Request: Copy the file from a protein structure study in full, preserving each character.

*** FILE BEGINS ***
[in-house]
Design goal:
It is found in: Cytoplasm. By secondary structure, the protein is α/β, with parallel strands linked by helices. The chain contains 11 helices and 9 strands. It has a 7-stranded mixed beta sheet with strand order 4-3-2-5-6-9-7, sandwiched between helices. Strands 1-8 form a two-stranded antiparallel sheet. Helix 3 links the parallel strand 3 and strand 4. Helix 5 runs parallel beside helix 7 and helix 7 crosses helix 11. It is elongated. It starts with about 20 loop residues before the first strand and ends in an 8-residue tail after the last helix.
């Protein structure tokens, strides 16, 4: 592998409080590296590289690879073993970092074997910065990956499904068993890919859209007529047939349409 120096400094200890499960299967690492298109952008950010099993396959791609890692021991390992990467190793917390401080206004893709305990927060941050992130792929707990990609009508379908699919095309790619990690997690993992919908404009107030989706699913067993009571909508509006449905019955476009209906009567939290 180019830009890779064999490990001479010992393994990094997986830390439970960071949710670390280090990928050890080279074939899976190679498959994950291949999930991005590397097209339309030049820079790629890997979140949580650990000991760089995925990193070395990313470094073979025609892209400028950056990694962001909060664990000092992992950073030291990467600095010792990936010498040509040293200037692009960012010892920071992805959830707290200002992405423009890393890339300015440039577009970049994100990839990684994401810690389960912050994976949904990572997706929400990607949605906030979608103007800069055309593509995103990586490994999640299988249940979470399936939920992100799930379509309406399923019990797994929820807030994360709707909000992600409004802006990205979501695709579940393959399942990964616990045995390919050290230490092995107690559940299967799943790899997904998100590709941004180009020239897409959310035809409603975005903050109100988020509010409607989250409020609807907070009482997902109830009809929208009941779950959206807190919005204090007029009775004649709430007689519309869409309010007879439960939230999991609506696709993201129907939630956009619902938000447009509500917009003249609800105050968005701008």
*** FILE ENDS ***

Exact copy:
[in-house]
Design goal:
It is found in: Cytoplasm. By secondary structure, the protein is α/β, with parallel strands linked by helices. The chain contains 11 helices and 9 strands. It has a 7-stranded mixed beta sheet with strand order 4-3-2-5-6-9-7, sandwiched between helices. Strands 1-8 form a two-stranded antiparallel sheet. Helix 3 links the parallel strand 3 and strand 4. Helix 5 runs parallel beside helix 7 and helix 7 crosses helix 11. It is elongated. It starts with about 20 loop residues before the first strand and ends in an 8-residue tail after the last helix.
């Protein structure tokens, strides 16, 4: 592998409080590296590289690879073993970092074997910065990956499904068993890919859209007529047939349409 120096400094200890499960299967690492298109952008950010099993396959791609890692021991390992990467190793917390401080206004893709305990927060941050992130792929707990990609009508379908699919095309790619990690997690993992919908404009107030989706699913067993009571909508509006449905019955476009209906009567939290 180019830009890779064999490990001479010992393994990094997986830390439970960071949710670390280090990928050890080279074939899976190679498959994950291949999930991005590397097209339309030049820079790629890997979140949580650990000991760089995925990193070395990313470094073979025609892209400028950056990694962001909060664990000092992992950073030291990467600095010792990936010498040509040293200037692009960012010892920071992805959830707290200002992405423009890393890339300015440039577009970049994100990839990684994401810690389960912050994976949904990572997706929400990607949605906030979608103007800069055309593509995103990586490994999640299988249940979470399936939920992100799930379509309406399923019990797994929820807030994360709707909000992600409004802006990205979501695709579940393959399942990964616990045995390919050290230490092995107690559940299967799943790899997904998100590709941004180009020239897409959310035809409603975005903050109100988020509010409607989250409020609807907070009482997902109830009809929208009941779950959206807190919005204090007029009775004649709430007689519309869409309010007879439960939230999991609506696709993201129907939630956009619902938000447009509500917009003249609800105050968005701008």